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The Moving Coil Galvanometer
The term galvanometer is used to refer to a meter which can measure small currents, usually in the mA (10-3A) or mA (10-6A) range.  
   
   
 
  Most ammeters, voltmeters etc today (this written 2016) are digital instruments but some analogue meters are still used notably in certain audio equipment, for VU meters.
   
  Also, some people (like, me for example) still harbour a nostalgic preference for a nice old fashioned meter like the one shown here...
   
The photo shows an analogue multi-meter which contains a galvanometer.
   
  Although the galvanometer only measures small currents, it can be used to measure many other quantities, voltage, resistance etc by connecting different resistors in series and/or parallel with the meter itself.
   
   
   
A coil of wire with current flowing through it, placed in a magnetic field, can experience a torque (or turning effect).  
The magnitude of the torque produced is directly proportional to the current flowing in  the coil. C  
This suggests that by measuring the torque, we can measure the current flowing.  
However, for the meter to have an easy-to-read, linear scale, we must be careful to use the right shape of magnetic field.  
   
This diagram shows the approximate shape of magnetic field you would have if a simple bar magnet has semi-circular shaped pole pieces added to it.
 
If a coil of wire were to be placed in this magnetic field, in the appropriate way, it would experience a torque when current flowed through it.
 
 
   
   
The orange coloured rectangle represents the end view of a rectangular coil of thin copper wire through which a small current flows.
 
The two sides of the coil (which are perpendicular to the plane of the diagram) will have forces acting in opposite sense and so a torque is produced.
 
 
   
As the coil rotates, the directions of the two forces remain approximately the same but the perpendicular distance between them will change.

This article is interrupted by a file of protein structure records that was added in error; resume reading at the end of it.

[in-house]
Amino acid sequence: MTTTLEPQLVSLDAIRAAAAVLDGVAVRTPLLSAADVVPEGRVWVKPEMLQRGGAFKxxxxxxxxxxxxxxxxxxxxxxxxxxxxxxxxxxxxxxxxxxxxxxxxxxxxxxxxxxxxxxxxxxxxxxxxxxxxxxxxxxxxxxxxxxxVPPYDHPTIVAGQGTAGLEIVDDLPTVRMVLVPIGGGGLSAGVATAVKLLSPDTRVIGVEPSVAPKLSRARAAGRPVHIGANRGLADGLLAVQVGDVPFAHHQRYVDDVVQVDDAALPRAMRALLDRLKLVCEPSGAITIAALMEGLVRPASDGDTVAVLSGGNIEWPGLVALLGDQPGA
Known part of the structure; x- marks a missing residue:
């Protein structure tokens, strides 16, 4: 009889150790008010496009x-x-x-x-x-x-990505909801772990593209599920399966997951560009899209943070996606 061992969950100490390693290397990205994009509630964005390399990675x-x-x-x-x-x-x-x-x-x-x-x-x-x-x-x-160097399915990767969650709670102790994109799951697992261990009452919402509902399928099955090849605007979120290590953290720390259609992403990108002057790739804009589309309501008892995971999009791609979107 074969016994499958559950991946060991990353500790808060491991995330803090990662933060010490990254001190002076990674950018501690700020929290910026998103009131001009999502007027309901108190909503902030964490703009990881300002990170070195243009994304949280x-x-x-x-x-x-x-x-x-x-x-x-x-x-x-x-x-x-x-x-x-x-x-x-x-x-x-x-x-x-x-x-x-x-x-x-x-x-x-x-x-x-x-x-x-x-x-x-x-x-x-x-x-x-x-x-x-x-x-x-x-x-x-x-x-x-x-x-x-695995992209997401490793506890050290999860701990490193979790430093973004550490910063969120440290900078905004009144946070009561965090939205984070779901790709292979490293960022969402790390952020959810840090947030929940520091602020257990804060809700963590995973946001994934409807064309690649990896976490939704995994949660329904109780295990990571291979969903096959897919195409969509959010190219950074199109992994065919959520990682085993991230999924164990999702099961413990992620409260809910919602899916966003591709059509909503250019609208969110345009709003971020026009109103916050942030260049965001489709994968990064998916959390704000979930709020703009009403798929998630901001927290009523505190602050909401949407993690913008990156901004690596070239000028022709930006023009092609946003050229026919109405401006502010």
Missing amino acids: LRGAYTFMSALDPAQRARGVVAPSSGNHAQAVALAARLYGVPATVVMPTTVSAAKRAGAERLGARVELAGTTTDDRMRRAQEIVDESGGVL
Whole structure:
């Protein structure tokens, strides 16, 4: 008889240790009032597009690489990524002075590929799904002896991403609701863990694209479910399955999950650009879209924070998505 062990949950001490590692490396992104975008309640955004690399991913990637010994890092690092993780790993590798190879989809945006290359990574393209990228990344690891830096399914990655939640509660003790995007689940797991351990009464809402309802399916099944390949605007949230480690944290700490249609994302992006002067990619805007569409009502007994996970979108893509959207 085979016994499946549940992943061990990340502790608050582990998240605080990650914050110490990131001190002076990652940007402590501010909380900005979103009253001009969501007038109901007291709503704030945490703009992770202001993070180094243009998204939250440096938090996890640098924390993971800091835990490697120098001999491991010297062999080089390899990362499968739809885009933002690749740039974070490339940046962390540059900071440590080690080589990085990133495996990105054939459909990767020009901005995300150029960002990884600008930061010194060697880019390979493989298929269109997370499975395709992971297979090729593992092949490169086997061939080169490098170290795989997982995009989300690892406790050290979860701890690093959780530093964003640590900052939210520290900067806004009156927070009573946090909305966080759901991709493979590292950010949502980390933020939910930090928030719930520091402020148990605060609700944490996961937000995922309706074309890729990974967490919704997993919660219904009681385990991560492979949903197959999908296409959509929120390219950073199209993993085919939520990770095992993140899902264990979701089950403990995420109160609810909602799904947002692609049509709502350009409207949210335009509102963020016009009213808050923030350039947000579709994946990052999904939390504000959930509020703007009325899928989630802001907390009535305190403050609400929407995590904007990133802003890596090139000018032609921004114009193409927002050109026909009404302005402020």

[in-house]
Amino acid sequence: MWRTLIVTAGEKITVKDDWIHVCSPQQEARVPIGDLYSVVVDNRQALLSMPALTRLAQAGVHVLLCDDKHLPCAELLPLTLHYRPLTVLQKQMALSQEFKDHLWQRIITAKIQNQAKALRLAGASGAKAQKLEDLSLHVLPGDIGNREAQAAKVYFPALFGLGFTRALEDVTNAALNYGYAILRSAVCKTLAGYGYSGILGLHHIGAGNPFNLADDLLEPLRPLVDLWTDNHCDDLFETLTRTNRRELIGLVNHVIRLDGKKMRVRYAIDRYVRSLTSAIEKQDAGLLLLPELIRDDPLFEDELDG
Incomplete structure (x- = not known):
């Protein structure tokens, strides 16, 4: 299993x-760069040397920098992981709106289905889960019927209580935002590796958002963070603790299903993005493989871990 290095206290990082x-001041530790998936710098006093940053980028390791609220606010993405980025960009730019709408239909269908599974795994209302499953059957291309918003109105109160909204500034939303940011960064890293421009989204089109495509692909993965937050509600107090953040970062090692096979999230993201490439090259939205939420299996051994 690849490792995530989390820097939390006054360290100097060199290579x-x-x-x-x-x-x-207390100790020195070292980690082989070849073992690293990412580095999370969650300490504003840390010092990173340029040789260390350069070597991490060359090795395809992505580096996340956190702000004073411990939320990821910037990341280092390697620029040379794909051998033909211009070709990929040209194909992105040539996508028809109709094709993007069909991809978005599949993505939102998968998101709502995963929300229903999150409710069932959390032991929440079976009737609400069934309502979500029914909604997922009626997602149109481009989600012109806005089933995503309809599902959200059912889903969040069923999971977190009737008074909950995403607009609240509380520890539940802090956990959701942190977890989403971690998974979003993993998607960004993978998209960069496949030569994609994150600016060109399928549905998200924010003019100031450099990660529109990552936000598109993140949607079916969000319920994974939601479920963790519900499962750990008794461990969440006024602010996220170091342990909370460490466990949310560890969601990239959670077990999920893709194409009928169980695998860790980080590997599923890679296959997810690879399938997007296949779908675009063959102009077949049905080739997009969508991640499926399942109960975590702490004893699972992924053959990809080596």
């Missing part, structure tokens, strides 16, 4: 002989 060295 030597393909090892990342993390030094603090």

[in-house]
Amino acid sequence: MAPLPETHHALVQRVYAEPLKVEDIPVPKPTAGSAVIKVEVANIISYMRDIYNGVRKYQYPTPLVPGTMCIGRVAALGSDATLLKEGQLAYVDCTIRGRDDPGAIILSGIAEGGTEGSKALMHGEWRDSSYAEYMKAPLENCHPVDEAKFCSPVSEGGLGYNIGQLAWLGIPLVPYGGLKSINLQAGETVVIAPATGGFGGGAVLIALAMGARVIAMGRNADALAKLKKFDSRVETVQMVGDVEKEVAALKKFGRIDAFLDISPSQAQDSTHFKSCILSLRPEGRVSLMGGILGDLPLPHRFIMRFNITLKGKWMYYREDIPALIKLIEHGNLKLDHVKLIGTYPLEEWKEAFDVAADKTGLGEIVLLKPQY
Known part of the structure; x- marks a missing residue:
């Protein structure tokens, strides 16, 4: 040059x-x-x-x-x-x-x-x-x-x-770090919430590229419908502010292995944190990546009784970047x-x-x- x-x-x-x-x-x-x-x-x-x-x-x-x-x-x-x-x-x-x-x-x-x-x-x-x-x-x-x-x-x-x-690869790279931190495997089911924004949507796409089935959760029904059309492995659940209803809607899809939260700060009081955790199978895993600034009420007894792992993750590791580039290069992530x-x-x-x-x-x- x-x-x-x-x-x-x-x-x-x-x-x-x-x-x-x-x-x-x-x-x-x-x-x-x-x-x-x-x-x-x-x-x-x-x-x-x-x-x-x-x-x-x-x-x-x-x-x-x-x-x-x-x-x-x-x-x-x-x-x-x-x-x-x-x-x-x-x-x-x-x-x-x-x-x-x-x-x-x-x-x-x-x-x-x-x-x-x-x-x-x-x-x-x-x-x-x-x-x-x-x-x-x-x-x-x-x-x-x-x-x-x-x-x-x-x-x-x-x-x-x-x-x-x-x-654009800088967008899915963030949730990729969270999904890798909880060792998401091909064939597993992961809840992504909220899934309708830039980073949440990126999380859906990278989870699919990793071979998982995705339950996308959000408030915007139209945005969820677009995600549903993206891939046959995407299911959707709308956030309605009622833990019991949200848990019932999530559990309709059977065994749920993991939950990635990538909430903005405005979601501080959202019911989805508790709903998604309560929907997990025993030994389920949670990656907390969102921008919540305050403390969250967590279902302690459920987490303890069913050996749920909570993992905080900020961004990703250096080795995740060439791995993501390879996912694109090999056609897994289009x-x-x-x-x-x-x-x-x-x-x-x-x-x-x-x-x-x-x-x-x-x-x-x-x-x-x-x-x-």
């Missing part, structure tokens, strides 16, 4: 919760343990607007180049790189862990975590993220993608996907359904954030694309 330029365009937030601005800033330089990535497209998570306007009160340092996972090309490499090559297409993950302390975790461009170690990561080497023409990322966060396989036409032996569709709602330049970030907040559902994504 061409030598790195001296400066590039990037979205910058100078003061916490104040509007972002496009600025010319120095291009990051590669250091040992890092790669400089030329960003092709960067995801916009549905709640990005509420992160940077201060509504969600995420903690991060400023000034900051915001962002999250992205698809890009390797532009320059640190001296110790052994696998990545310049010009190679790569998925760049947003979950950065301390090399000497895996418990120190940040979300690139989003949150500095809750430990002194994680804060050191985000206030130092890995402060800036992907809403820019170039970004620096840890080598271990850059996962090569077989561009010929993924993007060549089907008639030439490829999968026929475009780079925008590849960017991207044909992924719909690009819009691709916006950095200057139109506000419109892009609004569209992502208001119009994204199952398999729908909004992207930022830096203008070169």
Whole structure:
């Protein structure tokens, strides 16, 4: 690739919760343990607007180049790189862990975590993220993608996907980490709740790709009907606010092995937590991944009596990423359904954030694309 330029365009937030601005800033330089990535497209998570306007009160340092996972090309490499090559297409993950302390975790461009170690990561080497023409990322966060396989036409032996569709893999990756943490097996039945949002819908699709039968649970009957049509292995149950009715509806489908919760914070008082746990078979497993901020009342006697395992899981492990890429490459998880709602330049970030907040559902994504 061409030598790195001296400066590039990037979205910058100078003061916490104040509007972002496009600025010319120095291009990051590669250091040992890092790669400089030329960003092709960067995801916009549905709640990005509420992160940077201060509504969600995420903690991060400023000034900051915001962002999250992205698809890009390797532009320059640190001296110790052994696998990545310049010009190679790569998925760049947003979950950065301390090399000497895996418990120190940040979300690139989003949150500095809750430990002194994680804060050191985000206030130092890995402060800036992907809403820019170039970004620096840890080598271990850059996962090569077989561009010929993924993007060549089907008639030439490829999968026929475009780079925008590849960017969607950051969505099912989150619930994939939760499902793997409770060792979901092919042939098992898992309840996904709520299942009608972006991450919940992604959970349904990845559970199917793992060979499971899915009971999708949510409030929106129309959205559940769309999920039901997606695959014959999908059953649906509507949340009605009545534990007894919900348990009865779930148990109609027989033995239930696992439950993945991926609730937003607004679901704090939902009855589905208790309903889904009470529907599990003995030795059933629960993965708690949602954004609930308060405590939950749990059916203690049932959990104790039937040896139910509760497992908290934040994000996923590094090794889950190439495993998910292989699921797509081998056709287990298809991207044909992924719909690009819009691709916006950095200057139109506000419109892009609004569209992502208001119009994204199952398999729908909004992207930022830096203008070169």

This means that the magnitude of the torque will depend, not only on the current but also on the angular position of the coil.
 
A meter using this shape of magnetic field would have a non-linear scale because as the coil rotated, the change in torque per unit current would change (decrease).
 
This problem can be overcome by placing a soft iron cylinder in the field (as shown in the three diagrams below), in order to a radial magnetic field pattern.  
 
   
The perpendicular distance between the two forces is now independent of the angular position of the coil.  
   
     
 
This diagram show a more detailed view of the coil.
 
The control springs provide a torque which opposes the torque due to the current.
(These springs also conduct the current to the coil.)
 
So, a small current will twist the control springs through a small angle... double the current, twice the angle of rotation of the coil against the springs etc.
A meter without control springs would not be a meter!
   
This diagram show a complete typical meter. The mirror is to enable the user to place his/her position so as to look at the scale at 90 to the plane of the scale.  
If you cannot see the reflection of the pointer because it is hidden by the pointer itself, you're looking from the correct point of view and will see the true reading.  
   
   
   
Finally, an enlarged view of the photo of the multi-meter in which some of the parts described above can be seen... if your eyesight is good enough!  
   
 
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